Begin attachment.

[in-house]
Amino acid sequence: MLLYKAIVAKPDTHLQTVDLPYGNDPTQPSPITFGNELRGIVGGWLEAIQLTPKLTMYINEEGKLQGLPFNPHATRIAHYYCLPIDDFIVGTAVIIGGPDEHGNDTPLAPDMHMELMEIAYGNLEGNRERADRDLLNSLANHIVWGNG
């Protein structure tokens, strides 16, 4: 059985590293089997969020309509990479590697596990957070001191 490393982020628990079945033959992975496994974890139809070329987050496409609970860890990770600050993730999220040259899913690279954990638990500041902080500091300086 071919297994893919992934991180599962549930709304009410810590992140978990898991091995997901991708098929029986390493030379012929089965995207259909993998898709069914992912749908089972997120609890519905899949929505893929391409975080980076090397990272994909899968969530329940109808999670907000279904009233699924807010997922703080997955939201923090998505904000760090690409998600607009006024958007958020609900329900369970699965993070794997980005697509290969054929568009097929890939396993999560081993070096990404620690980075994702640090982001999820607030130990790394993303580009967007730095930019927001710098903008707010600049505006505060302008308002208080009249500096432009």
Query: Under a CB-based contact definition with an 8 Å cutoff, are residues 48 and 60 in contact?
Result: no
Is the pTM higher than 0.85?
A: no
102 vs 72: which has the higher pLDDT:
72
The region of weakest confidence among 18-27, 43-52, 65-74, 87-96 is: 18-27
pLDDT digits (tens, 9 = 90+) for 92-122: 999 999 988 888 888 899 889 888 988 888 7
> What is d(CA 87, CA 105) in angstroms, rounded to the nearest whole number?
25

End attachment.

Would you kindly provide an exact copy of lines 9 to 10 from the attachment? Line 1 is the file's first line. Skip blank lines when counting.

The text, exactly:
72
The region of weakest confidence among 18-27, 43-52, 65-74, 87-96 is: 18-27